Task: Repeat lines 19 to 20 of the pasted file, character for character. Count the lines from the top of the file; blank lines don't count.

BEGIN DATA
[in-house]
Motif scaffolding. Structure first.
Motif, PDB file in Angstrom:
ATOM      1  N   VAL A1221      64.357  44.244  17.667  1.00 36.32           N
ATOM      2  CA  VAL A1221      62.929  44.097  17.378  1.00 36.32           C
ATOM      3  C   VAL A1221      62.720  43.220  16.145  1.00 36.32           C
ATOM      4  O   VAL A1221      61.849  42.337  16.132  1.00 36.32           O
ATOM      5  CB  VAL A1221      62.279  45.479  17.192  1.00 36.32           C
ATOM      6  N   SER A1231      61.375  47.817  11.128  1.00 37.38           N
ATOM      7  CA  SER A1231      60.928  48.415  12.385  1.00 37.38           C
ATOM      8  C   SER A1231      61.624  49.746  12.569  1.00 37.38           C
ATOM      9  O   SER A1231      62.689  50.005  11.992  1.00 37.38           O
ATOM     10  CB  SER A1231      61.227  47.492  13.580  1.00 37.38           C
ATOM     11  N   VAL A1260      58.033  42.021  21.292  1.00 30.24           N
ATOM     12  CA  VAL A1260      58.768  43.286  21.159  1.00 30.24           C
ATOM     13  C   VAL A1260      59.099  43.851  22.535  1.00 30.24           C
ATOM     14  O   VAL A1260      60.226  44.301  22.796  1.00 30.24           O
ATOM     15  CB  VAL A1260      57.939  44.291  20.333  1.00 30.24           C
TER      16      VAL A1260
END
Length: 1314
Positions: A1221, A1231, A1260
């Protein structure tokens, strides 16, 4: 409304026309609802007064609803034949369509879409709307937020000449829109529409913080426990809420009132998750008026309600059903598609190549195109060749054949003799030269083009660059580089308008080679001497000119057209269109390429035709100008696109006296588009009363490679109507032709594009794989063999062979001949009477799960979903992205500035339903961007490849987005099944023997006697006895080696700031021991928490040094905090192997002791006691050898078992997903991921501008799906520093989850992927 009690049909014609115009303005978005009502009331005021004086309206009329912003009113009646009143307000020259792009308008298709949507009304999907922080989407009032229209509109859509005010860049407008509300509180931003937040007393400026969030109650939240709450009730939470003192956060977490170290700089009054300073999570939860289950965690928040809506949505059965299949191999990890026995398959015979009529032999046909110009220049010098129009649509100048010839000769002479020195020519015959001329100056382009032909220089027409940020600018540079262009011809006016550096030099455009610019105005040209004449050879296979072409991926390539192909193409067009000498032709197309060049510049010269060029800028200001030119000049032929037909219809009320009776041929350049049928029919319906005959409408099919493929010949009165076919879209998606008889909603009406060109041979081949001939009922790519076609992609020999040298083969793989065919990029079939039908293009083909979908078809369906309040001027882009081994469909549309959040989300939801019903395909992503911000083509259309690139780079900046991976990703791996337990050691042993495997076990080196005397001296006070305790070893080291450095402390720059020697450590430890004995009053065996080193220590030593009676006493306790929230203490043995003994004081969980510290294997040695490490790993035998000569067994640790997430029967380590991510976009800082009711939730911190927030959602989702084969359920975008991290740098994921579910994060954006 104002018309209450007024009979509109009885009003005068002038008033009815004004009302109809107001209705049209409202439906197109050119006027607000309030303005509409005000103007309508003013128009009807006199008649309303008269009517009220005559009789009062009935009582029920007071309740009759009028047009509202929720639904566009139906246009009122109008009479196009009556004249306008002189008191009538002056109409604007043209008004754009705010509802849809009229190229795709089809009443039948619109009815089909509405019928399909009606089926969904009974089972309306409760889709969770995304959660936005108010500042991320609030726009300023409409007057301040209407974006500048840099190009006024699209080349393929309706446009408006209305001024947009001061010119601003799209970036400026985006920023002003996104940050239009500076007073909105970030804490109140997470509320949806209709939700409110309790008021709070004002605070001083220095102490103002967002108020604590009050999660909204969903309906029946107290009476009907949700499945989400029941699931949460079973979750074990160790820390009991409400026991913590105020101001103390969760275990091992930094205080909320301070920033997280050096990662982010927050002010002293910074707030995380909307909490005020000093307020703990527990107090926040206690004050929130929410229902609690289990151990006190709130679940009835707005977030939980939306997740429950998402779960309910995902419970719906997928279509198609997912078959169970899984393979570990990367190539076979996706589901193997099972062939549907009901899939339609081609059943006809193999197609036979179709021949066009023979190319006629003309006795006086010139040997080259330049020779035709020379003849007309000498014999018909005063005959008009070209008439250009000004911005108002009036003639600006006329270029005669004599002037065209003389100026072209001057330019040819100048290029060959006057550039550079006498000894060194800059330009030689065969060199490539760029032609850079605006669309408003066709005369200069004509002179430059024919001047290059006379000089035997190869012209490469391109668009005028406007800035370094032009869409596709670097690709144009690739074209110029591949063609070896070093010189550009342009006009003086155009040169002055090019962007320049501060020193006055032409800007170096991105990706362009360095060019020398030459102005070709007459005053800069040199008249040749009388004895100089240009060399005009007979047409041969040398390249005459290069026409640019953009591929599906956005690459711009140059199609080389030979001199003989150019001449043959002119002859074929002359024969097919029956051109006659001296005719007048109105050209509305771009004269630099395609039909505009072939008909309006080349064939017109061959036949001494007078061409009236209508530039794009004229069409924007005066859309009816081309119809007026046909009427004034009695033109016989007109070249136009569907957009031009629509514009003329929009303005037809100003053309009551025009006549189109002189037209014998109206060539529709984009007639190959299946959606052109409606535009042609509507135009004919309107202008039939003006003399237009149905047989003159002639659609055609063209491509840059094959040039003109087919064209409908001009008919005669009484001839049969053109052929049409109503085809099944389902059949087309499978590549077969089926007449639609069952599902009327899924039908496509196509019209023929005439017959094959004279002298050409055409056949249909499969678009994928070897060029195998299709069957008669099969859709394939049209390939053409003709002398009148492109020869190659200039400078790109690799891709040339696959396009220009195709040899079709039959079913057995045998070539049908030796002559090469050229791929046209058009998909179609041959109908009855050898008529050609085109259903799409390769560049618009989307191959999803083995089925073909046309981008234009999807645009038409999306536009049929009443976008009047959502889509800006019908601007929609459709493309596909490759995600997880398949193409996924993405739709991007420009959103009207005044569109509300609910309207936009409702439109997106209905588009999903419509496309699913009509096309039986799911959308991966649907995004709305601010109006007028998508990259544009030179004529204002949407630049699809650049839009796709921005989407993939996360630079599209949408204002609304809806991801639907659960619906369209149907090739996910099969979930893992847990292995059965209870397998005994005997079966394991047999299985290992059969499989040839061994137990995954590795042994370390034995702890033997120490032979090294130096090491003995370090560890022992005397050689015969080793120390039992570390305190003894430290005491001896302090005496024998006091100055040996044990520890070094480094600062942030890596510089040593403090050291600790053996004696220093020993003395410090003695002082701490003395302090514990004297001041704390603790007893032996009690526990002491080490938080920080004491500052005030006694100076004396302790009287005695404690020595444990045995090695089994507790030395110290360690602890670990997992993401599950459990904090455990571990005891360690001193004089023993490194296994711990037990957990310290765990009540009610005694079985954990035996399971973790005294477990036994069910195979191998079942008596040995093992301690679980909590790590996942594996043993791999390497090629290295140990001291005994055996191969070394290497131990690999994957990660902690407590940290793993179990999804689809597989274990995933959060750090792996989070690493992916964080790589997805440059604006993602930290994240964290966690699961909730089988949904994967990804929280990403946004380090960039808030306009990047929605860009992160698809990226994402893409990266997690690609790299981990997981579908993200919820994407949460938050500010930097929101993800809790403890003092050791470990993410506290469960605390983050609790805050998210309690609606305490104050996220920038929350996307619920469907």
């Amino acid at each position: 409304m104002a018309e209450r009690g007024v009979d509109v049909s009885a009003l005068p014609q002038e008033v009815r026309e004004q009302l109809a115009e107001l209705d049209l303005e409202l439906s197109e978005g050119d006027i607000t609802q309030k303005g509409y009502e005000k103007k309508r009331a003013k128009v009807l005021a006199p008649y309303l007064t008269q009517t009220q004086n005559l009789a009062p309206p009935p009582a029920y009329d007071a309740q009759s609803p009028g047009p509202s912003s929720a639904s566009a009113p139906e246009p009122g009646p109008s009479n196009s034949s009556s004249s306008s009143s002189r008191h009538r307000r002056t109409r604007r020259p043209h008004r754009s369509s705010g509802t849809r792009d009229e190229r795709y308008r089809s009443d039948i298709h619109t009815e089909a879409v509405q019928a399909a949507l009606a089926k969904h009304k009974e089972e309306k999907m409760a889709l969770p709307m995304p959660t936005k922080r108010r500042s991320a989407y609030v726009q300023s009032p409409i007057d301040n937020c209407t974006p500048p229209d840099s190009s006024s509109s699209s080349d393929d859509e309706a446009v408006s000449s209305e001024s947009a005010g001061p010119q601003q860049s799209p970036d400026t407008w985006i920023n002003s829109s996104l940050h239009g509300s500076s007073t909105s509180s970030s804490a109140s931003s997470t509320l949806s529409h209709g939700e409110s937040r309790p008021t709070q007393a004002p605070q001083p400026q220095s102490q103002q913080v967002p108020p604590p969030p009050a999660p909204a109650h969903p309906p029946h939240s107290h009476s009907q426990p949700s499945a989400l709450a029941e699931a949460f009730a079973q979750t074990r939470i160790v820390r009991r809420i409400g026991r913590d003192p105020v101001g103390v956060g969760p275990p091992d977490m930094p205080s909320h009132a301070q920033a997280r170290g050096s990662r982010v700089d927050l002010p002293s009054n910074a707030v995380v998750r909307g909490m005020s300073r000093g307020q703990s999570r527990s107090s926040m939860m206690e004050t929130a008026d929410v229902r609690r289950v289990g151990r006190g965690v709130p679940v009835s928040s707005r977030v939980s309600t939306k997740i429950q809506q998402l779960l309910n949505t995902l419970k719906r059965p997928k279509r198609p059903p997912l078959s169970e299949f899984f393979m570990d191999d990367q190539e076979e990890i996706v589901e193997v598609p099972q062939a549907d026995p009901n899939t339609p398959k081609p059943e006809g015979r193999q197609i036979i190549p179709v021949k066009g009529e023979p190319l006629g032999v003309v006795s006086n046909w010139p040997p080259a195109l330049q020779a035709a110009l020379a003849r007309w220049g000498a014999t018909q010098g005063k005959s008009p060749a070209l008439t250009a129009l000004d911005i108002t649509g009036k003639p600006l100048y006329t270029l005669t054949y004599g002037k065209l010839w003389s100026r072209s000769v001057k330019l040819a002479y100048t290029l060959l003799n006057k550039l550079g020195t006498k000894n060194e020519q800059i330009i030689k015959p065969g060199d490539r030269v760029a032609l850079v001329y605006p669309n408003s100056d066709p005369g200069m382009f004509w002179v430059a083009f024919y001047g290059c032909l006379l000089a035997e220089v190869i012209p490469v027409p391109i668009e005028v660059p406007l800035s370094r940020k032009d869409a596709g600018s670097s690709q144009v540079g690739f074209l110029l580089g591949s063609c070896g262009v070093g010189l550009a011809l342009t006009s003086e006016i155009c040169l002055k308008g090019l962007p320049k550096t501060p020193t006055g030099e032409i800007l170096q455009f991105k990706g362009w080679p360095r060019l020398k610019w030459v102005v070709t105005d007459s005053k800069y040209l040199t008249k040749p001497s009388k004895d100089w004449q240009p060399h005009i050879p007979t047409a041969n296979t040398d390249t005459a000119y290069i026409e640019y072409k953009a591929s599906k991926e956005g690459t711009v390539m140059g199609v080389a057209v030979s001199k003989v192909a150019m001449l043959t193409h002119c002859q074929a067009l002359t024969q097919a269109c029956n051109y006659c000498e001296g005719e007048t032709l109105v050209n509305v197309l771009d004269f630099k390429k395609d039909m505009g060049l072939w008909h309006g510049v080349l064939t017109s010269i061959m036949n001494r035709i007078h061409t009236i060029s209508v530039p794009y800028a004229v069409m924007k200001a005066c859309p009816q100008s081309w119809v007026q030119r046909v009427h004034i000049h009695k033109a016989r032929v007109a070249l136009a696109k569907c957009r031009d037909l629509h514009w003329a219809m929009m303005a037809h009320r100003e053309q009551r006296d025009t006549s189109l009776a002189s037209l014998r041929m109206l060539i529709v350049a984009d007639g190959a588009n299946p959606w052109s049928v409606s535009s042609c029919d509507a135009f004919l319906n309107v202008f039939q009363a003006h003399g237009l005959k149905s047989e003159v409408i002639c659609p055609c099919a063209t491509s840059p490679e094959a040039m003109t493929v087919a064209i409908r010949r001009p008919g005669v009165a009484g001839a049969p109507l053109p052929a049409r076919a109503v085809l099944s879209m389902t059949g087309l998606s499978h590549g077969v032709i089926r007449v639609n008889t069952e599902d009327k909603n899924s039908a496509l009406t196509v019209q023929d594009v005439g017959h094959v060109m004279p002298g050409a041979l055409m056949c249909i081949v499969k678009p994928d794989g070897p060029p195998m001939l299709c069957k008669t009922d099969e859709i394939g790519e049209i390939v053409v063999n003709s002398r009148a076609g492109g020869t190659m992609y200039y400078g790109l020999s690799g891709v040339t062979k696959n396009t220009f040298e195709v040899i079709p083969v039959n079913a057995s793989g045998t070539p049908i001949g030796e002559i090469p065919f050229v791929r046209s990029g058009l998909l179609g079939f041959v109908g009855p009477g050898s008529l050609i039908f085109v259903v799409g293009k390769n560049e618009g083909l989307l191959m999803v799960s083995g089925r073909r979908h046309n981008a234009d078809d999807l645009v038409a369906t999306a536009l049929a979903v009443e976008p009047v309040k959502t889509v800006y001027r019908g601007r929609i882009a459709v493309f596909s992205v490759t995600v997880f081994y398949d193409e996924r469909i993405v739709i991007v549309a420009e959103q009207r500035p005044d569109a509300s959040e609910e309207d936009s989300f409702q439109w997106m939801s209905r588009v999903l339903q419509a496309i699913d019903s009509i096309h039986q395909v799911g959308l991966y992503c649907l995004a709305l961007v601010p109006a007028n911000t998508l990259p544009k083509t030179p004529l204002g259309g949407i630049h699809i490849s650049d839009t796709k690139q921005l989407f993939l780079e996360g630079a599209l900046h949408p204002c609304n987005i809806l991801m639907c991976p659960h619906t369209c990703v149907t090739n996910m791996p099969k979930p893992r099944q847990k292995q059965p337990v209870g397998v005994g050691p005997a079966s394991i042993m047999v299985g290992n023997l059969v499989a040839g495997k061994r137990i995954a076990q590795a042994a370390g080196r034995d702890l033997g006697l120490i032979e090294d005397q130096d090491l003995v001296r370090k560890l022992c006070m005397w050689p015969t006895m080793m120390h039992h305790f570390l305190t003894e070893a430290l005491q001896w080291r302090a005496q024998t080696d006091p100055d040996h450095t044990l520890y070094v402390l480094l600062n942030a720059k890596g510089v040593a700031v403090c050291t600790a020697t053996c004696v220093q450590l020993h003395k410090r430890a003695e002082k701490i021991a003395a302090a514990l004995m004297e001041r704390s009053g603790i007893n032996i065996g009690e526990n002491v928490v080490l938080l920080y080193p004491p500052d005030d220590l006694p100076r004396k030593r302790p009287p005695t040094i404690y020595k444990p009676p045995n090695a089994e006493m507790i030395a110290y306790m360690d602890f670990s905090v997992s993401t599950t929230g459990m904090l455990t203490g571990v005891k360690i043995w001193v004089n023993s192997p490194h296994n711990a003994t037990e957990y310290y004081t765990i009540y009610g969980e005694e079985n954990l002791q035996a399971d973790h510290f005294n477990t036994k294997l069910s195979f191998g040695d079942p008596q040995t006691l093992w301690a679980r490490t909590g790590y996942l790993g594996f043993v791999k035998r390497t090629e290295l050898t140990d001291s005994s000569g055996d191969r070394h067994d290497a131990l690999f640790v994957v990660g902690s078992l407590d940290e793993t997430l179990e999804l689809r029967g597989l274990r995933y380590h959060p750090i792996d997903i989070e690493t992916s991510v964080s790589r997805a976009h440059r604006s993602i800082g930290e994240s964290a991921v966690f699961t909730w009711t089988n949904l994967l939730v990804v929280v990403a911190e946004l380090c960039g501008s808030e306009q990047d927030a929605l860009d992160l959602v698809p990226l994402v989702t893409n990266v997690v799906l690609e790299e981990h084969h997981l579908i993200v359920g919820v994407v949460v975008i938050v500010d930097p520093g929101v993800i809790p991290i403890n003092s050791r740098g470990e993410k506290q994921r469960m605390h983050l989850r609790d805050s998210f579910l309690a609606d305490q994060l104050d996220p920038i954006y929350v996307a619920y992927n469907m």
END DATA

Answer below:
TER      16      VAL A1260
END